Recently, I attended a lecture by the poet Paul Muldoon where he discussed the subtle subtexts and influence on their work contained within the letters of fellow poets Elizabeth Bishop and Robert Lowell. Bishop lived part of her life in Brazil and this poem about a local festival was key to Muldoon’s analysis of her work. I, like Lowell, thought it was magnificent; a poem of fire and restraint.
The Armadillo by Elizabeth Bishop
for Robert Lowell
This is the time of year
when almost every night
the frail, illegal fire balloons appear.
Climbing the mountain height,
rising toward a saint
still honored in these parts,
the paper chambers flush and fill with light
that comes and goes, like hearts.
Once up against the sky it’s hard
to tell them from the stars –
planets, that is — the tinted ones:
Venus going down, or Mars,
or the pale green one. With a wind,
they flare and falter, wobble and toss;
but if it’s still they steer between
the kite sticks of the Southern Cross,
receding, dwindling, solemnly
and steadily forsaking us,
or, in the downdraft from a peak,
suddenly turning dangerous.
Last night another big one fell.
It splattered like an egg of fire
against the cliff behind the house.
The flame ran down. We saw the pair
of owls who nest there flying up
and up, their whirling black-and-white
stained bright pink underneath, until
they shrieked up out of sight.
The ancient owls’ nest must have burned.
Hastily, all alone,
a glistening armadillo left the scene,
rose-flecked, head down, tail down,
and then a baby rabbit jumped out,
short-eared, to our surprise.
So soft! — a handful of intangible ash
with fixed, ignited eyes.
Too pretty, dreamlike mimicry!
O falling fire and piercing cry
and panic, and a weak mailed fist
clenched ignorant against the sky!
Maureen Gallace, Cape Cod October, 2002
With the October turning of the weather I thought it appropriate to post this painting, which carefully chooses what and what not to include.
When I bought the latest Gillian Welch album on CD I didn’t realise how special the cover insert was. Here’s the story of how it was made and how much love goes into every aspect of the release.
This beautiful song is featured in the third part of Terence Davies’s Trilogy, Death and Transfiguration (1983). Davies uses music to moving effect in his autobiographical film about growing up as a closeted gay man in post-war Liverpool, but this clip takes us back to the golden age of Hollywood musicals, evoking a certain naivete that Davies possibly yearns for as he looks back at his harsh upbringing.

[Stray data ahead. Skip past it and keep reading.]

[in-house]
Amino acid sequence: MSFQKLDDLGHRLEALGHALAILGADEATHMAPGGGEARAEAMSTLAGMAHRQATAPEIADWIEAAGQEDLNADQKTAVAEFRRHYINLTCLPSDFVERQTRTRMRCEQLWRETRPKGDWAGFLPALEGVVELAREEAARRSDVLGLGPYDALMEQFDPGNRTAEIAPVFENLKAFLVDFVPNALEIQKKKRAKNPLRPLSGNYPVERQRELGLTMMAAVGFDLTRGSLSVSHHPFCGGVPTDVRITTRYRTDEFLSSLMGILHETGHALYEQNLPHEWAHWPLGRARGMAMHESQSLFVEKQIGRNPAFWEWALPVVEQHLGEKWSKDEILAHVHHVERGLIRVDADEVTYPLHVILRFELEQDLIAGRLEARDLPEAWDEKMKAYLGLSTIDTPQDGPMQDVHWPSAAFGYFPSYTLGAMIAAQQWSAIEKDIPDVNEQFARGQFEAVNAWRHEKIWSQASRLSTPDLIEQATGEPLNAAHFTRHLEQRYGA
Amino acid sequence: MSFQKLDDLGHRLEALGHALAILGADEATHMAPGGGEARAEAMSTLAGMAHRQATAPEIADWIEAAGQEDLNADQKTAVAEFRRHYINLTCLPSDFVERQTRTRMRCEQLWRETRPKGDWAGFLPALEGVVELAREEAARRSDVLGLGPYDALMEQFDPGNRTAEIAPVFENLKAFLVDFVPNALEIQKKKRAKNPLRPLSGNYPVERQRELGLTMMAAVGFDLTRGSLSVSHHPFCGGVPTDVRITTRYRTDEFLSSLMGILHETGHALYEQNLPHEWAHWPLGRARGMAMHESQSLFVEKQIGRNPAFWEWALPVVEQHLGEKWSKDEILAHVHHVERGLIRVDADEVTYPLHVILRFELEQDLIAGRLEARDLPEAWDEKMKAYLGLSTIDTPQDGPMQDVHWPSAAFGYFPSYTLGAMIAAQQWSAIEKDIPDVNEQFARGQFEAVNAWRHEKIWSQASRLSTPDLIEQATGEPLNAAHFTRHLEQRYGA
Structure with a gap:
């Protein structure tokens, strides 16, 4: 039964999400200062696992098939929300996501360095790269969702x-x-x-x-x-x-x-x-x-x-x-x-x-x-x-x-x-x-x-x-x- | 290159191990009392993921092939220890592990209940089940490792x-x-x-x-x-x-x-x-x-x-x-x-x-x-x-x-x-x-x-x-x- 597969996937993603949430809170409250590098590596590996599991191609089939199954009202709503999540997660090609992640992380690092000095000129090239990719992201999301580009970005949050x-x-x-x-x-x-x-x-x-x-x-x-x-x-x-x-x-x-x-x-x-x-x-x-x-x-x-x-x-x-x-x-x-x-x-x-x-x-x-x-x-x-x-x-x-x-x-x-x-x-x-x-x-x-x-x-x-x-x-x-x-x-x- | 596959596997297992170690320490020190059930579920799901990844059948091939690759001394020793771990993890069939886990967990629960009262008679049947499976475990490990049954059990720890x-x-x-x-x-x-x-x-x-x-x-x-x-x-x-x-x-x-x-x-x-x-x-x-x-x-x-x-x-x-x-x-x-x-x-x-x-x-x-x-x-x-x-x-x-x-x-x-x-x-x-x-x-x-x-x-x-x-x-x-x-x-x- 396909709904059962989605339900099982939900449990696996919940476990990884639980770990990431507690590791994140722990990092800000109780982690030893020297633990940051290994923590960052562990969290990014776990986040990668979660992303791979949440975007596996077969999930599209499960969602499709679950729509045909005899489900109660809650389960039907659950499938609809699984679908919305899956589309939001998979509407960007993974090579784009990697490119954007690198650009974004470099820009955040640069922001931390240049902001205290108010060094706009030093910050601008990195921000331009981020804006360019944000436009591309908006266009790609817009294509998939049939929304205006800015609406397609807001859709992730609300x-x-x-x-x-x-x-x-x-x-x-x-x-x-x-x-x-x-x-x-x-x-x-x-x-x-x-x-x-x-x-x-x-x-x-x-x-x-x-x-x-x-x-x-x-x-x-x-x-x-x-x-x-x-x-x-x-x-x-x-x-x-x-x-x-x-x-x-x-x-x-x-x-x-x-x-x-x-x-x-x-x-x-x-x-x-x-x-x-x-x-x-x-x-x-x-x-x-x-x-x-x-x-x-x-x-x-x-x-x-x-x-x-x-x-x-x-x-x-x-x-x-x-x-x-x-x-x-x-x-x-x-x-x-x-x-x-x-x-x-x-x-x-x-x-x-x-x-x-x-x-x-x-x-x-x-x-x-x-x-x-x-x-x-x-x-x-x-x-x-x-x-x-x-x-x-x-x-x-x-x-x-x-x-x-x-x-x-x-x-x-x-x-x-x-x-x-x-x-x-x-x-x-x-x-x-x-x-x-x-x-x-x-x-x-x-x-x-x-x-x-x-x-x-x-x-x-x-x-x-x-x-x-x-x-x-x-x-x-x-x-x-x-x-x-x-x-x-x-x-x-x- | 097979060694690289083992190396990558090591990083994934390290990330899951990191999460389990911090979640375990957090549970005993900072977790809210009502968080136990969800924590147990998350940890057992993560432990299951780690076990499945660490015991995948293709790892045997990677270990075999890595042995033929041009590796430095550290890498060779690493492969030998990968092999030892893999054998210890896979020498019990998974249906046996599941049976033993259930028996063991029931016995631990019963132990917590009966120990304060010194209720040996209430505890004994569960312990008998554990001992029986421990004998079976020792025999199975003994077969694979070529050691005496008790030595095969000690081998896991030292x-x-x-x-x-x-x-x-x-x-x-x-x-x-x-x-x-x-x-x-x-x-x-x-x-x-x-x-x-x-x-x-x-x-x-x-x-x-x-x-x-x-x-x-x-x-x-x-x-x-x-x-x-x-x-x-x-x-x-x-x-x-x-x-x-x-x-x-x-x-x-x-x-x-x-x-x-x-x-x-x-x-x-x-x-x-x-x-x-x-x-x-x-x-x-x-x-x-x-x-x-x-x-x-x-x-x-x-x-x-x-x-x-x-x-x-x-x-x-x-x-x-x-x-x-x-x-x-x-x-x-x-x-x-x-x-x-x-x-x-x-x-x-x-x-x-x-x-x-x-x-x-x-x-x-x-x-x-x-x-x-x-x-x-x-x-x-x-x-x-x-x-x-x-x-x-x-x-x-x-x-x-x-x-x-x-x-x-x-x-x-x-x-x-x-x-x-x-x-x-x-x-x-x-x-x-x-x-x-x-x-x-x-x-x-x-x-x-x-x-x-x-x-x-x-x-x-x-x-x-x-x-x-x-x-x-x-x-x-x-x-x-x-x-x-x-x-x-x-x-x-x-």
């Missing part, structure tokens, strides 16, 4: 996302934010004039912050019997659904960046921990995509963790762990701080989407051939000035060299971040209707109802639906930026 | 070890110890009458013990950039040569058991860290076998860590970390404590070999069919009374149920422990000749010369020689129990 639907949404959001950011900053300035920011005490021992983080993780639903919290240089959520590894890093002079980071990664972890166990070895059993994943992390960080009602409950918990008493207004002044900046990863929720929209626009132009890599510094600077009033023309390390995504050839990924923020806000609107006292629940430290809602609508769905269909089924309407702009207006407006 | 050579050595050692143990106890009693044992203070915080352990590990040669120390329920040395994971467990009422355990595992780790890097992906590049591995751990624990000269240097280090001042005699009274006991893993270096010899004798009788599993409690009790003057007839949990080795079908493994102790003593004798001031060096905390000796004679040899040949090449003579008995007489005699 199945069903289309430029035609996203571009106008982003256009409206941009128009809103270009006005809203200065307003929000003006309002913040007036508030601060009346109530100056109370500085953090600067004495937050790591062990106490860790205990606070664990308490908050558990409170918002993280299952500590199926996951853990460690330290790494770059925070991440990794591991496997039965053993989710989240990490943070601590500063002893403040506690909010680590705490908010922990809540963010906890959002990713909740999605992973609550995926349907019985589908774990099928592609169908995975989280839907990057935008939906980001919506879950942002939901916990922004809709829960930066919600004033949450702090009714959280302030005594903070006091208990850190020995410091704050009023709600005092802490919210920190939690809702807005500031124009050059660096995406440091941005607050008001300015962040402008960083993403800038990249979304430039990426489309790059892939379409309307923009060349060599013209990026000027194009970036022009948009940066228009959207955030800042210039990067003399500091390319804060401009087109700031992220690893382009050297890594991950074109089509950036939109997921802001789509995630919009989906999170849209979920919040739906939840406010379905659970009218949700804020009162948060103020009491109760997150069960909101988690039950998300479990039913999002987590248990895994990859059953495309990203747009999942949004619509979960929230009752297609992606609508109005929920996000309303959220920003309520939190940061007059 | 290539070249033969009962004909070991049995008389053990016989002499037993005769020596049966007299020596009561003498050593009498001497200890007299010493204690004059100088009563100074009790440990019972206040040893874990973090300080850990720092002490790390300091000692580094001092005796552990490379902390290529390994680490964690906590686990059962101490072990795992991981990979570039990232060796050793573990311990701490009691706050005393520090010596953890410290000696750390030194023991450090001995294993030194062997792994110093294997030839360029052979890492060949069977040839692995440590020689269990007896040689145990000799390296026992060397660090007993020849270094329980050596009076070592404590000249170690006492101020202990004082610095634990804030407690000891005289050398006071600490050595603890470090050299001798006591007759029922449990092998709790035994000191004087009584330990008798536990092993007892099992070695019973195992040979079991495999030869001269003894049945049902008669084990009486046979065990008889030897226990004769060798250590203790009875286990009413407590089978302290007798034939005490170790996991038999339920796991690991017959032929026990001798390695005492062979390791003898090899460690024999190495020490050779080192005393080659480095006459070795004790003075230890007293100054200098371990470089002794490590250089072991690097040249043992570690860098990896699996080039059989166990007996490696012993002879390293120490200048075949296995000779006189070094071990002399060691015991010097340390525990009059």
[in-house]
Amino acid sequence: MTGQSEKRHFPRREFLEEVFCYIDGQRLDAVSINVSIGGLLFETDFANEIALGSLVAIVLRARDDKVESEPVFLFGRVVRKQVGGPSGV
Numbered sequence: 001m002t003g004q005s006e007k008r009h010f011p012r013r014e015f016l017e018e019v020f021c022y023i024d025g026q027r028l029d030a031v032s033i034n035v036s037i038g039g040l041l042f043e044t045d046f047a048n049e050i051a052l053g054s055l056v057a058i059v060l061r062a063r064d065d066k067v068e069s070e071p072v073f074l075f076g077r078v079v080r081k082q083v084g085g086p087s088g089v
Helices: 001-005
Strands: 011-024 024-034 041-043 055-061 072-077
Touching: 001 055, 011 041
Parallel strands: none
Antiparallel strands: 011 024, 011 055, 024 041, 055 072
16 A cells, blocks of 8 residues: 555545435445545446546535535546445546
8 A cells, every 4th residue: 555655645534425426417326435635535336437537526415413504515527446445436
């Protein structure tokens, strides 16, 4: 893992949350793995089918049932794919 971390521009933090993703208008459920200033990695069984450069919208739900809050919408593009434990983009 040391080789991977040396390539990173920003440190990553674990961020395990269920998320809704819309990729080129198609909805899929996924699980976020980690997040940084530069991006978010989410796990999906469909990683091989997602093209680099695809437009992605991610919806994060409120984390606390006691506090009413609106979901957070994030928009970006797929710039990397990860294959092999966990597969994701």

Isami-ashi, Wait behind the white line, May 1979
I’ll stand up, July 1979
Frieze magazine linked to a whole bunch of these Japanese Subway Manners posters yesterday. On the surface, Japan loves etiquette and respect, which is charming in itself, but these posters take a particularly offbeat look at do’s and don’t's on the trains and on the platforms. They’re all notable, but these two, in particular, caught my eye. Simple and weird.
My pal Paul Rafferty (of ace band Hot Club de Paris) did the graphics and music for this charming short documentary about Dutch beachcombers. It’s a bit funny and a bit sad, but mostly interesting.
Richard Forster, Three verticals at approx 30 second intervals 21 Jan 2009, 11.42 – 11.43am, Saltburn-by-the-sea, 2010, pencil on card
As is customary, I went to mima, Middlesbrough’s modern art gallery prior to Sunday’s football match in the town. Aside from the brilliant exhibition on collage art, there was a solo exhibition of the meticulous, thoughtful work of Richard Forster. The blurb on the wall mentioned something about appreciating ‘slow time’ as opposed to the ‘fast time’ that otherwise occupies us in a highly-developed society – something that struck a chord with me. Seascapes are common enough in art but the series of monochrome drawings of random tidal intervals that ran in sequence around the white gallery walls contained so much detail that I was compelled to absorb and reflect rather than gloss over their similarities. It’s a soothing room.
David Tindle, Head Study (1993)
This painting reminds me of Lucian Freud’s mid-period portraits (if I can refer to them as that). It was presented to the Ashmolean Museum in Oxford by the artist in 1993, but the canvas has the artist’s address from 1955 on the back, so I’m not entirely sure when it was painted. Mysterious stuff.
I really like the cover layout of the new Rapture album on DFA Records. The poetic title is a bonus, too.
Charles Burnett’s Killer of Sheep (1977) is a shortish, slow film showing life in the mid-seventies around a Los Angeles black community. It’s full of awkwardness and memorable images of aimless summer days, at times feeling like a documentary and, at others, like a stilted stage play. It reminds me of the early work of other US independent film-makers, but the subject matter makes it quite unique for its time.